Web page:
Google is ready to move forward with rollout of fiber-optic cable and supporting infrastructure in Kansas City, MO, and Kansas City, KS.
The project, called Google Fiber, will see thousands of miles of fiber-optic cable laid across the bi-state area. When complete, residents of the cities will have access to data speeds in excess of 100 times what most Americans can receive from their Internet service providers.
Google announced that the studies, mapping and neighborhood surveys necessary to begin laying fiber for the gigabit-per-second broadband service were complete in a blog posting Feb. 6 from Kevin Lo, general manager, Google Access.
Once Google completes work on the fiber backbone, it will begin connecting homes across the metropolitan area to the fiber network.
The announcement is a positive development for the project, which ran into some delays. The Kansas City Star reported last month that differences between the company and the Kansas City Board of Public Utilities over where and how fiber-optic cable would be hung on existing utility poles was partly responsible for the delay.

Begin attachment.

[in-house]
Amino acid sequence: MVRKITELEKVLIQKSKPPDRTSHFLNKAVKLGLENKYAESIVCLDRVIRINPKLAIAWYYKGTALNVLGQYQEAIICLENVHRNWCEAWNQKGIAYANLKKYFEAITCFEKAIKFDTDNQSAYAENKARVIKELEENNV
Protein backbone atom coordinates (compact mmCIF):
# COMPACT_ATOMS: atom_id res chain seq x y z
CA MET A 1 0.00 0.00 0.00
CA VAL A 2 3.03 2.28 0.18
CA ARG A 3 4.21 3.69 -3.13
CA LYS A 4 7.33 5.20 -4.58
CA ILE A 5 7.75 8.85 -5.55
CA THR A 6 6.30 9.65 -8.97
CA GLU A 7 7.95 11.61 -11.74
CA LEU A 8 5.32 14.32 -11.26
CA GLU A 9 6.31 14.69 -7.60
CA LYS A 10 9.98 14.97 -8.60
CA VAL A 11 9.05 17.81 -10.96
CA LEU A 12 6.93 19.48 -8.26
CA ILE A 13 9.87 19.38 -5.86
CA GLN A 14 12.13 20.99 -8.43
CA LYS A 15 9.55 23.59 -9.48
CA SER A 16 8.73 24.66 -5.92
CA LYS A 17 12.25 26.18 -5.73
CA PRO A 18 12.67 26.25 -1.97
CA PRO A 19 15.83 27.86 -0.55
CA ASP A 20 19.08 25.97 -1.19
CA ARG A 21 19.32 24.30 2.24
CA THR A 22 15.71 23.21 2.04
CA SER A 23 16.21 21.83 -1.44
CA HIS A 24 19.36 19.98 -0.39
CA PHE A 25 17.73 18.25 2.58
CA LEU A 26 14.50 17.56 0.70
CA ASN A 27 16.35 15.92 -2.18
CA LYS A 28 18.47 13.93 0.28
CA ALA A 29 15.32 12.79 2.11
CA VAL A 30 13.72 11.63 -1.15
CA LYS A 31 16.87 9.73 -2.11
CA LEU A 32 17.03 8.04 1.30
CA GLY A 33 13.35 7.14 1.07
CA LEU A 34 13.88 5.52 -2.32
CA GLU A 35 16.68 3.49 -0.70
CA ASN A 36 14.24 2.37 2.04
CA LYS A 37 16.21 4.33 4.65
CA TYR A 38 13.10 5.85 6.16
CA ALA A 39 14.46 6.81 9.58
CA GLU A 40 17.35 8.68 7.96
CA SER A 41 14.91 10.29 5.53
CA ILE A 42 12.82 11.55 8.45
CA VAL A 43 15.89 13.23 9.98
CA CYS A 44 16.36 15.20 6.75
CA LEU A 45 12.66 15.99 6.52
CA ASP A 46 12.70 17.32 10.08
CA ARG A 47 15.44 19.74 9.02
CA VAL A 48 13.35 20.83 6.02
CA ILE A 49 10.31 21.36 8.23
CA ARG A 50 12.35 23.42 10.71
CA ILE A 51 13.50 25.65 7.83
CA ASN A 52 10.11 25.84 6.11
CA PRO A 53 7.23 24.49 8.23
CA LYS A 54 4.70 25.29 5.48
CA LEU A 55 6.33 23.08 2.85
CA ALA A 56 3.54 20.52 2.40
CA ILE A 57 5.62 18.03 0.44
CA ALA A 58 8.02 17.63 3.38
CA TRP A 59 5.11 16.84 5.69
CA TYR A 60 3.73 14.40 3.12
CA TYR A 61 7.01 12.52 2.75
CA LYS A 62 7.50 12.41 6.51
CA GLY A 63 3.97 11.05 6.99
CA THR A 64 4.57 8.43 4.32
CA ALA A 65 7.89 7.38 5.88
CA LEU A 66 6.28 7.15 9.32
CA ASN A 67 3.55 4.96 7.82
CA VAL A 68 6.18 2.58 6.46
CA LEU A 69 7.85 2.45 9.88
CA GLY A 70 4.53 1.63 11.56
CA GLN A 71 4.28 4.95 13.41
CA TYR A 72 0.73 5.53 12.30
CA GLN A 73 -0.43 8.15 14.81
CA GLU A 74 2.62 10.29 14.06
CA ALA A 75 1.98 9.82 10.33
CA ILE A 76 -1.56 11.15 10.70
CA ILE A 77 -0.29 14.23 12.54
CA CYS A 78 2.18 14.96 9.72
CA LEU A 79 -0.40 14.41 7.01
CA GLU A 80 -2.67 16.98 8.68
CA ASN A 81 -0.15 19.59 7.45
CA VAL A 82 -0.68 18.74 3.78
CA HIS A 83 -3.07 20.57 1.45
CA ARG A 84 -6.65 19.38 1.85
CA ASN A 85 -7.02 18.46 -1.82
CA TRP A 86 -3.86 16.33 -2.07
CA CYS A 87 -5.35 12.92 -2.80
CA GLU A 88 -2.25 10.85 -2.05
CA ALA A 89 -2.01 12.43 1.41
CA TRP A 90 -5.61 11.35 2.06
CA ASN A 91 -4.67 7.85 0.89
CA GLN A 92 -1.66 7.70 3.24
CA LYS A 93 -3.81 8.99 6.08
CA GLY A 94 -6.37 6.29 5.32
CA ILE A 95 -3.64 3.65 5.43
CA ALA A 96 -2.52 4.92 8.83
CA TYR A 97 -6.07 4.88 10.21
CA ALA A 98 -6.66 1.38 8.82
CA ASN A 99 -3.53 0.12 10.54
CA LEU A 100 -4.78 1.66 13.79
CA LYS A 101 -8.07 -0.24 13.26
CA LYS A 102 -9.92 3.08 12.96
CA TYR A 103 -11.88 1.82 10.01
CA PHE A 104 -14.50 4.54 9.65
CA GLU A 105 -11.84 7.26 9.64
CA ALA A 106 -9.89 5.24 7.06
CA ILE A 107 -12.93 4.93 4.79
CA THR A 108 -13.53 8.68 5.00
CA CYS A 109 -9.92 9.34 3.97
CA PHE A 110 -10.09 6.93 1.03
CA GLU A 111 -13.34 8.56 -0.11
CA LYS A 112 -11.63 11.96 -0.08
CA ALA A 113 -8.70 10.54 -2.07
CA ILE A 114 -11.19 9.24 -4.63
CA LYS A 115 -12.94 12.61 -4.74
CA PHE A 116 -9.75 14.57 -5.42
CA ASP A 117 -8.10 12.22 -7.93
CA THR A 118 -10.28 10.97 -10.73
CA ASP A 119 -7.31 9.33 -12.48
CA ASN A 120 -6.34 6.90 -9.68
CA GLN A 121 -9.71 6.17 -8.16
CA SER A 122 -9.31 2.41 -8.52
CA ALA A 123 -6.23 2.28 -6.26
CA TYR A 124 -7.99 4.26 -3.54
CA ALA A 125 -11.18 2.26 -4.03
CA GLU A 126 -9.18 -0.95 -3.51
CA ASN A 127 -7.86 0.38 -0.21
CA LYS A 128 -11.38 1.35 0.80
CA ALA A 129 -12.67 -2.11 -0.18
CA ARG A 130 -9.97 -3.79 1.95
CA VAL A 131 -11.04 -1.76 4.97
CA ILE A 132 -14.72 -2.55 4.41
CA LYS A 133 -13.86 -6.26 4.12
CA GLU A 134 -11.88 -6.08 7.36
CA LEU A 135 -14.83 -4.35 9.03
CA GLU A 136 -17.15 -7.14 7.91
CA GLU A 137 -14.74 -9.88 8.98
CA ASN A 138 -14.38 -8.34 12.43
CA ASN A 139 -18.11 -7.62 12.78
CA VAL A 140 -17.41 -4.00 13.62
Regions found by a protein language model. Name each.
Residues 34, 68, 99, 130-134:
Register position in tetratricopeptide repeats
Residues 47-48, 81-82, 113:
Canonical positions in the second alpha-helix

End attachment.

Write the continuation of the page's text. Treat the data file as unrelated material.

When the project was announced last year, Google said it anticipated offering the fiber-optic-based broadband service to area residents in the first quarter of 2012, the paper reported.
Kansas City, KS, and later Kansas City, MO, were selected for the first test installation of Google Fiber project. The cities were selected from more than 1000 metro areas seeking the prize.
Although limited in scope, the initial Google Fiber installation prompted existing ISPs to offer customers greater-bandwidth Internet connections. A column in the online version of Time magazine goes so far as to suggest that once the public understands that much faster Internet speeds are available, ISPs may be shamed into stepping up their game.
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